4) Complete all modules that are published on ELT Teacher 2 Writer.  I am very interested in materials writing, especially for Young Learners. I have already written and self-published a book for teachers of young learners, however, I would like to receive some training as I feel I need some guidance in this area.

5) Send in proposals for online workshops/webinars. This is something new for me, and quite nerve-racking for someone who gets nervous at face-to-face sessions. A webinar is generally attended by many more people than a conference workshop. It is also a very different experience as there are lots of other factors involved. I had a taste of webinars in last year's EVO Digital Storytelling course, but I tried to avoid speaking where possible! This year hopefully, I will be able to lead the webinar more comfortably, along with Juan Uribe, who I am sure has more experience in this! I am often sent links to online mini-conferences and calls for participation for things like VRT. This year I plan to send in a proposal and overcome my fear of speaking in webinars.

These are my five main objectives for the year 2013. Some of them I feel comfortable about (writing), others not so (public speaking) but I think it is important to challenge oneself and leave the comfort zone now and again.

What are your goals for 2013?

Wednesday, January 9, 2013

I promise that I will do my best...

Like most people, I like to start in New Year in a positive way, by making one or two lifestyle changes or at least trying to approach things with more enthusiasm and a more positive attitude. After the Christmas break, I need my students to throw themselves back into language learning with all the energy they can muster, especially if they are going to be sitting an external exam in the next few months. So I decided to encourage my adult learners to make New Year's English Resolutions.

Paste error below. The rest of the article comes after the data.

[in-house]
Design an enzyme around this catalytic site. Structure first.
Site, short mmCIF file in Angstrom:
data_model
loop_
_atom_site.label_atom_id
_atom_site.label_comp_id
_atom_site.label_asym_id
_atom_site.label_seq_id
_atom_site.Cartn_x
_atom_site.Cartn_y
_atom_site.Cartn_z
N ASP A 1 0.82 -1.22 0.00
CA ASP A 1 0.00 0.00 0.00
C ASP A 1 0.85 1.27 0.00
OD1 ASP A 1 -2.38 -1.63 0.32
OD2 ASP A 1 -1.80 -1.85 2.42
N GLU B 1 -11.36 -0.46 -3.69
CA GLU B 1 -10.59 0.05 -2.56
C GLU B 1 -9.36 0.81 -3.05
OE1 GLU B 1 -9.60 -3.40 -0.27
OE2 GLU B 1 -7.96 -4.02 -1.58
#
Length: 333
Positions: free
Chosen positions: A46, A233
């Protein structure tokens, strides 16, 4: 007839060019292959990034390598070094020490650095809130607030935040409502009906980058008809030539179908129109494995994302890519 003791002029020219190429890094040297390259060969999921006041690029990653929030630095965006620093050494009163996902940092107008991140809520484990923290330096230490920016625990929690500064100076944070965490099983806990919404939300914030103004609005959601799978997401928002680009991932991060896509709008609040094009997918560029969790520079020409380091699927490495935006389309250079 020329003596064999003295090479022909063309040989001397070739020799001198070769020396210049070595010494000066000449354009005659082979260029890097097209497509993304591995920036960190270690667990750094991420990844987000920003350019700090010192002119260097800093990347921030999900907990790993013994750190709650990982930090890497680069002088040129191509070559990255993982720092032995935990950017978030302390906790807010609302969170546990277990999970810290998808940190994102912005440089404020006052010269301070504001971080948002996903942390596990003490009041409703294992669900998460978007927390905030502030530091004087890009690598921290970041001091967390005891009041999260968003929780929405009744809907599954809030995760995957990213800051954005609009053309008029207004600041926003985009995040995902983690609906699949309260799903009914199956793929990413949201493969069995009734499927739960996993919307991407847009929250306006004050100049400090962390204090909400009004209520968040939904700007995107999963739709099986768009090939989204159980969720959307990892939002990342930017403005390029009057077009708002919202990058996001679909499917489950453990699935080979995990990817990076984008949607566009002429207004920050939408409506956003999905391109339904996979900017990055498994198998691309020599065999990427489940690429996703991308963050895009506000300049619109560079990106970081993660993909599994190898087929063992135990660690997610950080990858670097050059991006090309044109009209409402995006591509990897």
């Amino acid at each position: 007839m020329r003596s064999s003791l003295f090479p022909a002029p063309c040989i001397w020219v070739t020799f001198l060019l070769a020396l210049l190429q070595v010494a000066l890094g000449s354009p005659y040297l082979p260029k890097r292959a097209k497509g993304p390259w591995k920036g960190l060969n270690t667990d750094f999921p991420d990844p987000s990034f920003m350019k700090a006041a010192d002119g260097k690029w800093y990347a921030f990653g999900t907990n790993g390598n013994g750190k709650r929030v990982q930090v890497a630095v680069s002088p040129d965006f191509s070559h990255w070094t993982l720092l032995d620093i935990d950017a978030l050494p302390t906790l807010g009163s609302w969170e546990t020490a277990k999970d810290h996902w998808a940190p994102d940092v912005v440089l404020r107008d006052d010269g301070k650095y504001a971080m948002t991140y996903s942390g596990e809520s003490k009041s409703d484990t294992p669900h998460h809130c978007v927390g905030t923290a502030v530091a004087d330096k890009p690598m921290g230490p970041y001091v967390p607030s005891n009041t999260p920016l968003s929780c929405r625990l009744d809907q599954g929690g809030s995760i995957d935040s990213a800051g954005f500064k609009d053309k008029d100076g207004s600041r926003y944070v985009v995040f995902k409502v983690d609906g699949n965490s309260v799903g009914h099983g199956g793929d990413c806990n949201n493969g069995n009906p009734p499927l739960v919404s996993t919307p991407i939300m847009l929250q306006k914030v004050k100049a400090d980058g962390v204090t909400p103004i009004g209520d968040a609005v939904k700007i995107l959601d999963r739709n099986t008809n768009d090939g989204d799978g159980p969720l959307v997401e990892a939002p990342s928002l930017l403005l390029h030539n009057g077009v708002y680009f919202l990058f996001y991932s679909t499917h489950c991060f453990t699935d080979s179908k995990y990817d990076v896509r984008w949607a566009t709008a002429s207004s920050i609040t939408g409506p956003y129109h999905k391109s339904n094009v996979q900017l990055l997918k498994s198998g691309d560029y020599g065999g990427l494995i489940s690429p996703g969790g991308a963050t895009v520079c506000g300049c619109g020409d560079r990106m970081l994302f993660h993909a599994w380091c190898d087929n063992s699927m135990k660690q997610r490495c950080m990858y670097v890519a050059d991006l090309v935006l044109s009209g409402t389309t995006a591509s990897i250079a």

These resolutions consist of a set of objectives that they will aim to reach over the following term, and how they plan to achieve these objectives.

We started the lesson talking about New Year's Resolutions generally - have they made any? What are they? Have they made a resolution before? Did they stick to it? Why(not)?

I shared my own ideas about why people often fail to maintain their resolutions, which are
1) lack of planning (I think you need to say what you are going to do and when)
2) lack of intrinsic motivation (people make resolutions in January because it is traditional, and often don't even expect to keep their promises)

and advice on how to keep your resolutions:
1) Make a plan or timetable to keep a record of what you want to do and keep it somewhere visible.
2) Tell as many people as possible, share it on all your social networks (peer pressure can work!)

I then told the students that we were going to come up with English Resolutions. They had to come up with a list of objectives, both general and specific, about what they expected to achieve over the next two months. As an example of the difference between general and specific objectives, I gave the following example:

I want to improve my vocabulary  - general
I want to learn at least 5 new words every day - specific
They also had to suggest how they could achieve those objectives - what would they do in order to learn 5 new words every day?

The students then shared their objectives with the rest of the class and we drew up a list of common goals, on which we would spend valuable class time. The more individual objectives would remain the responsibility of each student to work on in their free time.

At the end of the lesson, we had a list of areas on which most of the class wanted to work on, which I will integrate into our syllabus for the term, and each student had a list of things they plan to do each week at home. Some of them seem slightly over-ambitious ("I am going to watch at least one film in English a week, read a book in English, make my own vocabulary lists, do at least one writing task and study my grammar book") but I plan to regularly ask students how they are getting on and allow them to modify their objectives if they are not realistically possible.

Finally, I pledged to mark written work within a week, correct all homework exercises in class when they are due, and to add new vocabulary to our Memrise list every week.